Building a residential tower with cross laminated timber could be slightly cheaper than a comparable concrete structure, according to a recent study by three Pacific Northwest firms.
Mahlum Architects, Walsh Construction and Seattle-based structural engineering firm Coughlin Porter Lundeen teamed up for “A Study of Alternative Construction Methods in the Pacific Northwest.” The feasibility study, released in May, examines the cost competitiveness of cross laminated timber versus more traditional building materials for a 10-story residential building.
Cross laminated timber panels are manufactured with lumber that is glued in opposing directions to form a solid slab that can be used for walls, floors or ceilings.
Based on estimates from Walsh Construction staffers, the study found a potential 4 percent cost savings for cross laminated timber over concrete for a 10-story building. The cost could drop more with a mix of traditional wood frame construction and cross laminated timber.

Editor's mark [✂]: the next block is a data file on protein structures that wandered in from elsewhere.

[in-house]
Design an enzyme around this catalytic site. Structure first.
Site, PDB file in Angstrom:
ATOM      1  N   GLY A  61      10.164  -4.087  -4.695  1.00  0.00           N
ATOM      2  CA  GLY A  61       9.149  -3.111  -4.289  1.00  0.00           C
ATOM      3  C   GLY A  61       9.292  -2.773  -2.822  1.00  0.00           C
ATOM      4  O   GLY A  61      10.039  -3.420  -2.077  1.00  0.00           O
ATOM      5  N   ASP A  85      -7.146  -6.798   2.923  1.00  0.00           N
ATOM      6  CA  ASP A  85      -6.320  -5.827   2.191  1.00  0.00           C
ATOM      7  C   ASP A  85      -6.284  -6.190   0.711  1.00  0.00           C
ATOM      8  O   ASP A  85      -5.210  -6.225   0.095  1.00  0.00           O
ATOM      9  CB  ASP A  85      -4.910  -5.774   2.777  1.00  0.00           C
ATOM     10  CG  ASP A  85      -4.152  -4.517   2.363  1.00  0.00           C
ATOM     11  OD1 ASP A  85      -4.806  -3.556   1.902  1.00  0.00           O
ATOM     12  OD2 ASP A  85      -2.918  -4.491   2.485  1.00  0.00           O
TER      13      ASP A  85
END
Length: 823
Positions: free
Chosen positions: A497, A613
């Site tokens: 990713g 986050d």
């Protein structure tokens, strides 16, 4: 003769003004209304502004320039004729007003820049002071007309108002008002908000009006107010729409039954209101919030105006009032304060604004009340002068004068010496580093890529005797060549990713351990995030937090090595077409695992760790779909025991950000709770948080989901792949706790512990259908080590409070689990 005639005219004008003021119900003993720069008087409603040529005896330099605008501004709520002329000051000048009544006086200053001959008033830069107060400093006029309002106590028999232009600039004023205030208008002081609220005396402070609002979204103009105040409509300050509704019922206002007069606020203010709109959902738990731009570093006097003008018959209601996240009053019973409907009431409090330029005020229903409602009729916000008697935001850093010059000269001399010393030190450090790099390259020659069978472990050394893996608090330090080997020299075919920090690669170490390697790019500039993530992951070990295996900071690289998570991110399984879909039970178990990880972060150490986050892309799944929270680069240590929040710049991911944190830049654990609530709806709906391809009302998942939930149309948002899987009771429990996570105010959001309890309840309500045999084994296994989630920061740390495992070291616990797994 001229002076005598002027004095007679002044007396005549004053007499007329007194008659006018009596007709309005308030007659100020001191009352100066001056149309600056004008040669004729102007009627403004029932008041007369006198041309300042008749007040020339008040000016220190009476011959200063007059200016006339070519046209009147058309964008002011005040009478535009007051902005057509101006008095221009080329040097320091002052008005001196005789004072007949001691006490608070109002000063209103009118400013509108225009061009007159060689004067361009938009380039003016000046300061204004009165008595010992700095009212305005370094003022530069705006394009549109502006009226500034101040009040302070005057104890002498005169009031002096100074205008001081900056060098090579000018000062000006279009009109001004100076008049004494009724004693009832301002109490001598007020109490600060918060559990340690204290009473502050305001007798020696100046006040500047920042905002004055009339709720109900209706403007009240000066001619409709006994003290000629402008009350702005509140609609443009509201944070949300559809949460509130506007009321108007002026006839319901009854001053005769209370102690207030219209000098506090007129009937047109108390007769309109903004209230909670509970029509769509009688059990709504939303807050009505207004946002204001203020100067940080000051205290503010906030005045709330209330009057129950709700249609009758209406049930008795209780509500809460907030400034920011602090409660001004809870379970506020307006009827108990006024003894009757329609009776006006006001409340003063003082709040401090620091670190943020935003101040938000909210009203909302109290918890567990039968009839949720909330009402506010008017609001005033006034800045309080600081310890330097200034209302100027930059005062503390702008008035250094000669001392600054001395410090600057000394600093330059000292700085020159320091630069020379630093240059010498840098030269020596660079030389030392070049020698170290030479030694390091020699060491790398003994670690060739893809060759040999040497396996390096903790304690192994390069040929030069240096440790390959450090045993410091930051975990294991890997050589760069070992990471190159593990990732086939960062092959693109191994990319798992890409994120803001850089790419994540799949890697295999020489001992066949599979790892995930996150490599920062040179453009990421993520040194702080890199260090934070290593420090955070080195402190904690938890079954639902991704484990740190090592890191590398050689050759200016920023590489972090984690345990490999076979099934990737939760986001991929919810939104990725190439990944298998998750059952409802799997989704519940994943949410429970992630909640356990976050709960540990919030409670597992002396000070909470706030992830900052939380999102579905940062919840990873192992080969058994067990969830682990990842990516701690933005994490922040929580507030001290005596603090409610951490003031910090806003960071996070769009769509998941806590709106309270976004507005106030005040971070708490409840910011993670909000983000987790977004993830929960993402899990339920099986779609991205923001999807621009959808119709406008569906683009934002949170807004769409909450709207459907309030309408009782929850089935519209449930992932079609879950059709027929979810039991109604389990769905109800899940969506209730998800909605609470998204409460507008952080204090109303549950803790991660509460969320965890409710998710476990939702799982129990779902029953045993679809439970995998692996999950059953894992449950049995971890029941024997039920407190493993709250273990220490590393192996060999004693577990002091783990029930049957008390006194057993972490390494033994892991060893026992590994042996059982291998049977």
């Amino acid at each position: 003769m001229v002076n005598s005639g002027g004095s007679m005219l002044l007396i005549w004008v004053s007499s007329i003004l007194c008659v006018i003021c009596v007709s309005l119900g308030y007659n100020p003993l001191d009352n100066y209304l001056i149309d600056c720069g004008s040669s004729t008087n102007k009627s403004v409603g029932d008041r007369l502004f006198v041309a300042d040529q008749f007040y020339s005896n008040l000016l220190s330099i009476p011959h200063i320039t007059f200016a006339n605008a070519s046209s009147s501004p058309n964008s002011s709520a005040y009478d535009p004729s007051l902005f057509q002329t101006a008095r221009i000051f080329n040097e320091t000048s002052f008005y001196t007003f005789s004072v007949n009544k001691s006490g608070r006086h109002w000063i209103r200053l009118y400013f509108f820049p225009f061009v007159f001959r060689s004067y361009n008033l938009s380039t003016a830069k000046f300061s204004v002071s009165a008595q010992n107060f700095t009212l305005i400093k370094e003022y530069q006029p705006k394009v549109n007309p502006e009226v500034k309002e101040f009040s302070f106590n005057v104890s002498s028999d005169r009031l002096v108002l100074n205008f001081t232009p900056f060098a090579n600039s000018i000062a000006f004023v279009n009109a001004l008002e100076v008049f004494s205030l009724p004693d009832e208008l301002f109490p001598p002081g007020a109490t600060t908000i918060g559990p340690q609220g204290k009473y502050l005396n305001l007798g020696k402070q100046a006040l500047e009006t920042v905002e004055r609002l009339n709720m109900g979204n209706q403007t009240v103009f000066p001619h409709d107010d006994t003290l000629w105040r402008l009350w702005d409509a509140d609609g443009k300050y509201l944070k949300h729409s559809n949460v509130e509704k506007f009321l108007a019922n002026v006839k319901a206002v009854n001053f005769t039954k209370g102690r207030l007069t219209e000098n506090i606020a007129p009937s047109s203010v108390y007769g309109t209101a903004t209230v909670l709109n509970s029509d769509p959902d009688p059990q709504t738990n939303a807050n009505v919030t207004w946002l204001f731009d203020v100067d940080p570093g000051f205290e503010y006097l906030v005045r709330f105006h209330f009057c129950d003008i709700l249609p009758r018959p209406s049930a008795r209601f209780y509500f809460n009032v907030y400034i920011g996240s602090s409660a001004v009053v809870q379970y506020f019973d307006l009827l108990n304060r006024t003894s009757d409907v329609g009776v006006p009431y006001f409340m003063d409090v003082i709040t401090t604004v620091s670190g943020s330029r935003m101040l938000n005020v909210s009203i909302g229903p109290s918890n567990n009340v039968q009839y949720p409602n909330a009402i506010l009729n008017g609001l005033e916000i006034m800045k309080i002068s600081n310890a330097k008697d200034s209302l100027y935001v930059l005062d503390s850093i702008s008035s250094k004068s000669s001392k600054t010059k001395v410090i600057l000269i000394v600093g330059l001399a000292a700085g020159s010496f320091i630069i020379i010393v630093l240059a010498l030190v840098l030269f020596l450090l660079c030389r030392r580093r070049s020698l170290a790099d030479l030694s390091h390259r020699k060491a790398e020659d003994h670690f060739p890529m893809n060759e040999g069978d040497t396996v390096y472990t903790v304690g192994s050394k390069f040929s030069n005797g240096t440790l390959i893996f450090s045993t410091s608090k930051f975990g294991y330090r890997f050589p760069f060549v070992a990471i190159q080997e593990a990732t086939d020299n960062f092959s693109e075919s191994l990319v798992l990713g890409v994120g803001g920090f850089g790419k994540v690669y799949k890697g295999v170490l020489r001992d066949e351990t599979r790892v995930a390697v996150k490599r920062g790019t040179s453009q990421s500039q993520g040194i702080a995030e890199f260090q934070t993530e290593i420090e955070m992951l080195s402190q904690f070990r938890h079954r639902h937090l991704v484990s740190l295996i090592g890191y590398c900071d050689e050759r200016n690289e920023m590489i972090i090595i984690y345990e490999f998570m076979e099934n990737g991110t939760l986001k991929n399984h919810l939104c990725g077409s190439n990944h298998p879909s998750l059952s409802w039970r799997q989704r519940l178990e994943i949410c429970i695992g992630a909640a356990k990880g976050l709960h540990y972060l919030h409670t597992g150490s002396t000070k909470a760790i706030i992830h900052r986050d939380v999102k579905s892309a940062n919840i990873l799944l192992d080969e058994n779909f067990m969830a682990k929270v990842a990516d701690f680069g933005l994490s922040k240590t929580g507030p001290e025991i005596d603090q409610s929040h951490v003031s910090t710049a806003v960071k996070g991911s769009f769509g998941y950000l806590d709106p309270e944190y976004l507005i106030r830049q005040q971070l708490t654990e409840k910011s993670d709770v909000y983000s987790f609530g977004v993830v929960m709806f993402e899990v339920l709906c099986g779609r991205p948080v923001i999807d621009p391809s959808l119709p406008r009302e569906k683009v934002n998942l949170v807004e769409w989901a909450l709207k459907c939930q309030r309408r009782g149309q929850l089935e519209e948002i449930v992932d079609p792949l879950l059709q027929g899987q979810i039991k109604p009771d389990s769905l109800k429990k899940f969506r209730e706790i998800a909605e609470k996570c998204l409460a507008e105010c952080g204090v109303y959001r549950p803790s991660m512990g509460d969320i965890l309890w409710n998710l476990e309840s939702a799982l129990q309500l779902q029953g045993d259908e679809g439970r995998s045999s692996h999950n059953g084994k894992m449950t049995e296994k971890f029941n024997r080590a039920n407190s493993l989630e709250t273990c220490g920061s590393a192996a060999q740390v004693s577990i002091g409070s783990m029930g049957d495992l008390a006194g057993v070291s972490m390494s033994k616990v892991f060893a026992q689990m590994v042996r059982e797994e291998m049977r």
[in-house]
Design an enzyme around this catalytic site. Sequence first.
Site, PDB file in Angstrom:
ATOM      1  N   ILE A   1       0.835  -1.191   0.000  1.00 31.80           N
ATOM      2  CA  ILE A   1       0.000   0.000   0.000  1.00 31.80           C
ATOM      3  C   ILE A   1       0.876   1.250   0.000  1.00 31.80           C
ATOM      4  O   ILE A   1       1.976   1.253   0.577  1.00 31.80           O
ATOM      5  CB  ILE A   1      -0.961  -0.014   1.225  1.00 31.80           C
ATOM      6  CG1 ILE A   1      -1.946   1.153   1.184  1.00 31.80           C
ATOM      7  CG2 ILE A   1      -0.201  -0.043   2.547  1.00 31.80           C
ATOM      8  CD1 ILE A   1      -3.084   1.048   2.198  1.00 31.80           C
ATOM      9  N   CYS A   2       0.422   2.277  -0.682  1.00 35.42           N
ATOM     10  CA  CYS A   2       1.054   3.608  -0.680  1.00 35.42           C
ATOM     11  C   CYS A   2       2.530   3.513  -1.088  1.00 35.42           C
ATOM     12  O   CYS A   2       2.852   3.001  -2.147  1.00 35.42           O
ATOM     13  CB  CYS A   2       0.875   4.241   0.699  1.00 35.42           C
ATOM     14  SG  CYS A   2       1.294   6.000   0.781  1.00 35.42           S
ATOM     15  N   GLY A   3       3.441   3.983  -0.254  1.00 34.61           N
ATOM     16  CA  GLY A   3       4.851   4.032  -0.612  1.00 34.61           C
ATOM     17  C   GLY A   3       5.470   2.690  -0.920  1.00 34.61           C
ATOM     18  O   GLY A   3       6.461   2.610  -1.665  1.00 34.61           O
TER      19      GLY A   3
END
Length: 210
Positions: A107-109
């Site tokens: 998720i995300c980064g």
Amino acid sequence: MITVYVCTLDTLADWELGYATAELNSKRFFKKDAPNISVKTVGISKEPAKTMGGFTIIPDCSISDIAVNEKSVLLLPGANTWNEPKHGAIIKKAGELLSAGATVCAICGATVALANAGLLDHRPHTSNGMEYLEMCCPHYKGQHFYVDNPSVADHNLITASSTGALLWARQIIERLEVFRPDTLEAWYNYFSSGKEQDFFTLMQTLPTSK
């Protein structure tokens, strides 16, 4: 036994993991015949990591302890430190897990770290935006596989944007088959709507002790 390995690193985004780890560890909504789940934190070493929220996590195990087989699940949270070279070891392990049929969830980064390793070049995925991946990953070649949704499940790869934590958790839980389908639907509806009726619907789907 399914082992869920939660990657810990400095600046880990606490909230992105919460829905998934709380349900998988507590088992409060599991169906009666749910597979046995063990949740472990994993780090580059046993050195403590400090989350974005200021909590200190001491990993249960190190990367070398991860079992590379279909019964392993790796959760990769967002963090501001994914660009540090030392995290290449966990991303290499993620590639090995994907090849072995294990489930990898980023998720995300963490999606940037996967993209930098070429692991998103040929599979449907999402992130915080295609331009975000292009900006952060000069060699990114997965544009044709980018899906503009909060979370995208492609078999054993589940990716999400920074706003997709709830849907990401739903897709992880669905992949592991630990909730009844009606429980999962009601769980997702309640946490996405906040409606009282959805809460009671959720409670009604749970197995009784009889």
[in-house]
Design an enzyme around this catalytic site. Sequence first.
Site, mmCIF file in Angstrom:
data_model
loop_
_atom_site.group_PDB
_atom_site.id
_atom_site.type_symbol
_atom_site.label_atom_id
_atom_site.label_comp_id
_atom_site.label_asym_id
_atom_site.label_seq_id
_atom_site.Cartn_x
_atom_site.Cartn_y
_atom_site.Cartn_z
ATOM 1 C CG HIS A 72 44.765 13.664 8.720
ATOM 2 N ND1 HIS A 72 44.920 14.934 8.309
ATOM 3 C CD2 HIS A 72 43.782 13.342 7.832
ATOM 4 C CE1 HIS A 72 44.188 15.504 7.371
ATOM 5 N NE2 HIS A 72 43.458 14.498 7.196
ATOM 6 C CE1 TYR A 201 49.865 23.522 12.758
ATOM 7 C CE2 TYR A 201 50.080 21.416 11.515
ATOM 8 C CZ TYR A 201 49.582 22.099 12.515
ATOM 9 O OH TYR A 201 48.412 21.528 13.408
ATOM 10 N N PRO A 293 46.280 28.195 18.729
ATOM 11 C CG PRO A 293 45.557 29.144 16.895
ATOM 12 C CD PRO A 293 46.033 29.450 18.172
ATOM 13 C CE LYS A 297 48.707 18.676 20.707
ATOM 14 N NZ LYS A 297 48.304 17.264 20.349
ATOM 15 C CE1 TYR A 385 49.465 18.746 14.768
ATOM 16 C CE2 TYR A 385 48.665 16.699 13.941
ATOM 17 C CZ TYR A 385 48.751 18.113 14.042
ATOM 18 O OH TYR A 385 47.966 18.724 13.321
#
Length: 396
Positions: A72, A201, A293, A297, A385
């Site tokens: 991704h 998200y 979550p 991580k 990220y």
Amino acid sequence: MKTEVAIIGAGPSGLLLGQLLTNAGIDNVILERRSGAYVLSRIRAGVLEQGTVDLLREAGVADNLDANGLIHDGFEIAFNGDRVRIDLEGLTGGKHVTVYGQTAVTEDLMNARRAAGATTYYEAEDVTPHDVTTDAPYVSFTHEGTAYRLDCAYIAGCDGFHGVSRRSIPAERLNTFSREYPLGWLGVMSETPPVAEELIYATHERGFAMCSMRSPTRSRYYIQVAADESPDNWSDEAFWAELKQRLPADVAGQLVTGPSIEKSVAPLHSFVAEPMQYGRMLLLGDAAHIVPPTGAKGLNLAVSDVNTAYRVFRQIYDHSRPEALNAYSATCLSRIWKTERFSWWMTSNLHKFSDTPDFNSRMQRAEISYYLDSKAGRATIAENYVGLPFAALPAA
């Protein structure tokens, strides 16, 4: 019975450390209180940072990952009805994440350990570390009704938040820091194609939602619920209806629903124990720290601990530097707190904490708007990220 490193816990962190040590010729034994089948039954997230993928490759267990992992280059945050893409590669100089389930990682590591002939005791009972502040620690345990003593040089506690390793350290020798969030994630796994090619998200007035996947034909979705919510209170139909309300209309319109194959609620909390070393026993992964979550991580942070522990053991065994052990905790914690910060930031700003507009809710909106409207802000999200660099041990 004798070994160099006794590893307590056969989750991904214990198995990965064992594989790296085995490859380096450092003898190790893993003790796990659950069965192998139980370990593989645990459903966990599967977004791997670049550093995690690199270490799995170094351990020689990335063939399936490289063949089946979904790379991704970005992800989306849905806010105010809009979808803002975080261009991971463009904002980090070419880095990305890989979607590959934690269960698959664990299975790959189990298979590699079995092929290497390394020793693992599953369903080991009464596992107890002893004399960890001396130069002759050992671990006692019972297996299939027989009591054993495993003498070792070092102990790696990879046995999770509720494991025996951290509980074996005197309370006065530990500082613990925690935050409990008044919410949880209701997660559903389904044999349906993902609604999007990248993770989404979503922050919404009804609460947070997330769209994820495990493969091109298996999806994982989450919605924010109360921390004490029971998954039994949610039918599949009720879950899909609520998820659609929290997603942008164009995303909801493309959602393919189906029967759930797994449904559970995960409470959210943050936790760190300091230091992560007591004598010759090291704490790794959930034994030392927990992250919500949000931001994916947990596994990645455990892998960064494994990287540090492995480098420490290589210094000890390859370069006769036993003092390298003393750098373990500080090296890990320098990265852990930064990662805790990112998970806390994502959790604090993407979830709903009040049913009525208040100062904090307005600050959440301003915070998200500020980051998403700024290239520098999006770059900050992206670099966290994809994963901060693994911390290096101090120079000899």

The study focused on Seattle, but the findings can translate to other cities in the Pacific Northwest, said Joe Mayo of Mahlum Architects.
“The theory was: Would this actually be a cheaper alternative and allow the city to build more sustainable?” he said. “That was the impetus.”
Cross laminated timber has gained popularity in Europe over the past 20 years, but it’s still relatively unused in the U.S. Unfamiliarity with the product in the Pacific Northwest is one barrier to it taking off here, Mayo said. Contractors are less likely to have worked with it and most cities don’t address the product in their building codes, he said.
Researchers for the study also worked with Seattle building officials to address lingering concerns about the fire safety and structural strength of cross laminated timber, Mayo said.
“It was really a way to engage the building code officials and put that in front of them saying,
‘If we did anything like this would you be willing to approve this?’ ” he said.